BUNGALOW (GERMANY / 2002)
It is disappointing to say the least that other than the institution itself -- Cahiers du cinéma, that is -- not many are willing to acknowledge the presence of the (New) German new wave, one which, like any legitimate movement, has not only arrived but is still arriving, and one which is as rich and dynamic as those currently flourishing in Argentina, Romania and, perhaps, the Philippines. (To make this argument, one need not necessarily consult the slightly more calculated and certainly more successful films of Fatih Akin, arguably the most well known young German filmmaker among cinephiles worldwide.) Things are looking up, though, as the term "Berliner Schule" ("Berlin School") has been coined locally in the recent past, which initially connected, much to the directors' chagrin, those who actually did attend the Berlin film academy (Christian Petzold -- whose hypnotic and hypnotizing new film, Yella (2007), to my pleasant surprise, was recently distributed in the U.S. -- Angela Schanelec and Thomas Arslan) and has since enveloped a few of the younger filmmakers who've moved to the German capital to work (Christoph Hochhäusler, Valeska Grisebach, Henner Winckler, etc.) Even though the fine Argentine critic Quintín only went about halfway between the two "schools of thought" (he politely and safely furthered the notion of the "New German Cinema"), while discussing the second feature (Windows on Monday ) by Ulrich Köhler, who belongs in that latter group, he made an astute observation regarding common characteristics found in the works of many of these filmmakers: "The cleanness of the shots, the precise and careful camera movements, the natural restraint in the acting, the dryness of the storytelling, the silences, the ellipses, and ambiguities, the youth of the characters, the interest in exploring intimacy, and the uneasiness of individuals in society […]." The same attributes undoubtedly apply to Köhler's assured first feature, Bungalow.
The film opens with a somewhat bizarre sight of military convoys roaming an empty and pristine stretch of a suburban autobahn. Upon entering the parking lot of a rest area (which now looks exactly the same in all first world countries), they stop at a Burger King where the young recruits pick up their orders before getting back into the vehicles. One of them decides not to join the group, and goes on to finish his meal. After exercising his "right" to a day off, 19-year-old Paul (Lennie Burmeister) heads to the only place he knows: the eponymous dwelling of his bourgeois parents, who happen to be vacationing in Italy. He breaks in, rests, masturbates, tries to get back with his girlfriend, but is soon joined by his older brother Max (the über-talented Devid Striesow) and his Danish lover Lene (Trine Dyrholm), a struggling actress who wants to make it in Deutschland. Much to Max's displeasure, who only appears to be a tad more refined version of his slacker sibling, Paul chooses to prolong his "vacation," which leads to him getting infatuated with Lene, while causing the Military Police to start looking for him.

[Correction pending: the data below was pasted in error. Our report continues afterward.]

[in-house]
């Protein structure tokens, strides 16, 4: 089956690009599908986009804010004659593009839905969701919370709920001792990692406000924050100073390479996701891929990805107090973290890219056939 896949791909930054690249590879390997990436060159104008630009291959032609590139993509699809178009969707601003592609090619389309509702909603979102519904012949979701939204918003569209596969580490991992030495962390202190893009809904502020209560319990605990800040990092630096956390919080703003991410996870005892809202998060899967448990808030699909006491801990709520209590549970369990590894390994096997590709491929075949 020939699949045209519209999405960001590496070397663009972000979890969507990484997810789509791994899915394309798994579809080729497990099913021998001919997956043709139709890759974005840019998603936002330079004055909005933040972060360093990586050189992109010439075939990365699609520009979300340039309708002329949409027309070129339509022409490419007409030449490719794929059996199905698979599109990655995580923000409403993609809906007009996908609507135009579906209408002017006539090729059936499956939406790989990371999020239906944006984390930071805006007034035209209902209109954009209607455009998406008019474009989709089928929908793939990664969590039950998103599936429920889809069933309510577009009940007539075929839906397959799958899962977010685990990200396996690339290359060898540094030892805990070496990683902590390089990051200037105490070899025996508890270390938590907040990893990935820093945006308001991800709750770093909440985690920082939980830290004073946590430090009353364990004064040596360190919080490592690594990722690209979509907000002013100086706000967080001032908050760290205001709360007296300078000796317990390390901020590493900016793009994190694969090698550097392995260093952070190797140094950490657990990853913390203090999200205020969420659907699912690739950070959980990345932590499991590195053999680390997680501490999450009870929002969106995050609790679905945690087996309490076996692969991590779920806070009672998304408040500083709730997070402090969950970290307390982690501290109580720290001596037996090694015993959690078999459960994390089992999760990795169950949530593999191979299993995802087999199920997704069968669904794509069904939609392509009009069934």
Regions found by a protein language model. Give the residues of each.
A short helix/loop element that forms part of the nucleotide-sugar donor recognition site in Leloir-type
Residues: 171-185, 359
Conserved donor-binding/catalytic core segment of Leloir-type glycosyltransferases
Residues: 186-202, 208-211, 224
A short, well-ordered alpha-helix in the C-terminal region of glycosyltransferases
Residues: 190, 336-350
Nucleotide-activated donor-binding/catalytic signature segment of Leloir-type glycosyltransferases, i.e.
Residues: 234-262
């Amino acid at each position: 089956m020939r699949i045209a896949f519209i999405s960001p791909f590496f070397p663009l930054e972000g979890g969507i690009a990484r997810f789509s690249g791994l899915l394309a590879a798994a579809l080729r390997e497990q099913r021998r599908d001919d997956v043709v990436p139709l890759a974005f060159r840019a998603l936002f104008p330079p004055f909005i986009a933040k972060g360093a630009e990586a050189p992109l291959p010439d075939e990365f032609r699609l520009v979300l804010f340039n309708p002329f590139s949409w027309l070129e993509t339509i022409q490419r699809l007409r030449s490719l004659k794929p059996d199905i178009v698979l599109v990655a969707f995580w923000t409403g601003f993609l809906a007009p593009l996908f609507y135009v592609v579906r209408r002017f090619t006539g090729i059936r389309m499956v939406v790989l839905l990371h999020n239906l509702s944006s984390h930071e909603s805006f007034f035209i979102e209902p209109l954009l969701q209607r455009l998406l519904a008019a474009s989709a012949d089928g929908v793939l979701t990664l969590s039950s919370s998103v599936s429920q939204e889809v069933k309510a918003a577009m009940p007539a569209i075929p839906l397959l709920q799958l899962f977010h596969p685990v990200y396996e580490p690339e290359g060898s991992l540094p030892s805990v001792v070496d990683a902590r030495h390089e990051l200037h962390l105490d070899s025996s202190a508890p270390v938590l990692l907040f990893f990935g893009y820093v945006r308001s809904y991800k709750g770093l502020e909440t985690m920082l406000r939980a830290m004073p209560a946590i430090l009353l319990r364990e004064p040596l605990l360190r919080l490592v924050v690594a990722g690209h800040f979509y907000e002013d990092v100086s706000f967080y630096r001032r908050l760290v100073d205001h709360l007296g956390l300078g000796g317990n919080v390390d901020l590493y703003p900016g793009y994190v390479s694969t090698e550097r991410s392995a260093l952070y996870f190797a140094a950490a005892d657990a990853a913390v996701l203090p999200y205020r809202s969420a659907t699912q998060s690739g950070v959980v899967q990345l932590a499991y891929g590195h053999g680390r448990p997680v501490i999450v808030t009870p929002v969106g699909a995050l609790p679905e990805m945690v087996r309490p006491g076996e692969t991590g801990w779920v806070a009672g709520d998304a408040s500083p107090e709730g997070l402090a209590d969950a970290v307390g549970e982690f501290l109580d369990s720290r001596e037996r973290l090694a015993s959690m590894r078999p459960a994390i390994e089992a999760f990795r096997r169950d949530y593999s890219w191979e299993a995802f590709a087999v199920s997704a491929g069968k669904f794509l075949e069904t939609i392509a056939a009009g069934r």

"[…]The drama is softened in [Bungalow]: desperation is absent, and the consequences of actions are mild, never definitive," Quintín has rightly stated. "A sort of Brechtian detachment, as well as the protection of class, make characters immune to catastrophe, invulnerable to melodrama." Moreover, it could be added that the film's exactitude and tactility prevents it from veering toward the norm when it comes to disaffected youth pictures: even the otherwise distinctive shots of Paul skateboarding by himself lack the typically mundane angst-laden poetry. An annoyingly sheepish, Robert Ford-type, who quite literally gets his butt kicked by everyone he tries to mess around with, Paul is well played by Burmeister (a newcomer who won the Best Actor award at the 2001 Buenos Aires International Festival of Independent Cinema for his troubles). And since this "outlaw" either runs to the back of the house or to the hill nearby when the authorities come looking for him, his plan to defect to Africa retrospectively feels like a joke as black as the smoke emitting from his anonymous town's center after a mysterious explosion, the discussion of which prompts Max to assert that "Capitalism has no more natural enemies." The symbolism of the film's final shot, however, seems to suggest otherwise. Spare, meticulous, and oddly moving, Bungalow is one of the finest German debuts of recent years.
*The film premiered at Berlinale '02 (Panorama).